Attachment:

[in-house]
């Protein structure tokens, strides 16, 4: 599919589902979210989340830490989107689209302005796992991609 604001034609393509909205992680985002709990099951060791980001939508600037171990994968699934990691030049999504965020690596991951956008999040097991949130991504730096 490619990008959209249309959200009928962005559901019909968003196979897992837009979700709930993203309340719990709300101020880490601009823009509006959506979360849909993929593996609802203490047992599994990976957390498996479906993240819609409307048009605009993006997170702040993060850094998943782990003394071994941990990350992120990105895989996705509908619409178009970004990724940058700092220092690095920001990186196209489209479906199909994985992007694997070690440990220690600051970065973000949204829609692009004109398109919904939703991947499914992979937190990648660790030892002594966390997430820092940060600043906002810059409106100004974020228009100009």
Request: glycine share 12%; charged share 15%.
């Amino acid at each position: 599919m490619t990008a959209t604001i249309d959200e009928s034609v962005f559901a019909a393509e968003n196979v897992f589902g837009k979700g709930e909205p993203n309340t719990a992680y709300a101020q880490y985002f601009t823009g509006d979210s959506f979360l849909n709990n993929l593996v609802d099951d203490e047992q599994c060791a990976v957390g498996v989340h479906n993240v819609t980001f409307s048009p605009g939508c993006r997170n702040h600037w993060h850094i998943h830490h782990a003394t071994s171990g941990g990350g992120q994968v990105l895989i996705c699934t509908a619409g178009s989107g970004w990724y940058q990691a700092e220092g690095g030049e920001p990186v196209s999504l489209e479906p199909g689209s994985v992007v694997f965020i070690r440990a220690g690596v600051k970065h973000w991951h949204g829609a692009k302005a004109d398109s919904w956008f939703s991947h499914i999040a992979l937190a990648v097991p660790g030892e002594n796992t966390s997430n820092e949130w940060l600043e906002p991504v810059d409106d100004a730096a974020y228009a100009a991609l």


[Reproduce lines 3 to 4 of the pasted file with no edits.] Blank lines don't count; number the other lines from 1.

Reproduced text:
Request: glycine share 12%; charged share 15%.
């Amino acid at each position: 599919m490619t990008a959209t604001i249309d959200e009928s034609v962005f559901a019909a393509e968003n196979v897992f589902g837009k979700g709930e909205p993203n309340t719990a992680y709300a101020q880490y985002f601009t823009g509006d979210s959506f979360l849909n709990n993929l593996v609802d099951d203490e047992q599994c060791a990976v957390g498996v989340h479906n993240v819609t980001f409307s048009p605009g939508c993006r997170n702040h600037w993060h850094i998943h830490h782990a003394t071994s171990g941990g990350g992120q994968v990105l895989i996705c699934t509908a619409g178009s989107g970004w990724y940058q990691a700092e220092g690095g030049e920001p990186v196209s999504l489209e479906p199909g689209s994985v992007v694997f965020i070690r440990a220690g690596v600051k970065h973000w991951h949204g829609a692009k302005a004109d398109s919904w956008f939703s991947h499914i999040a992979l937190a990648v097991p660790g030892e002594n796992t966390s997430n820092e949130w940060l600043e906002p991504v810059d409106d100004a730096a974020y228009a100009a991609l």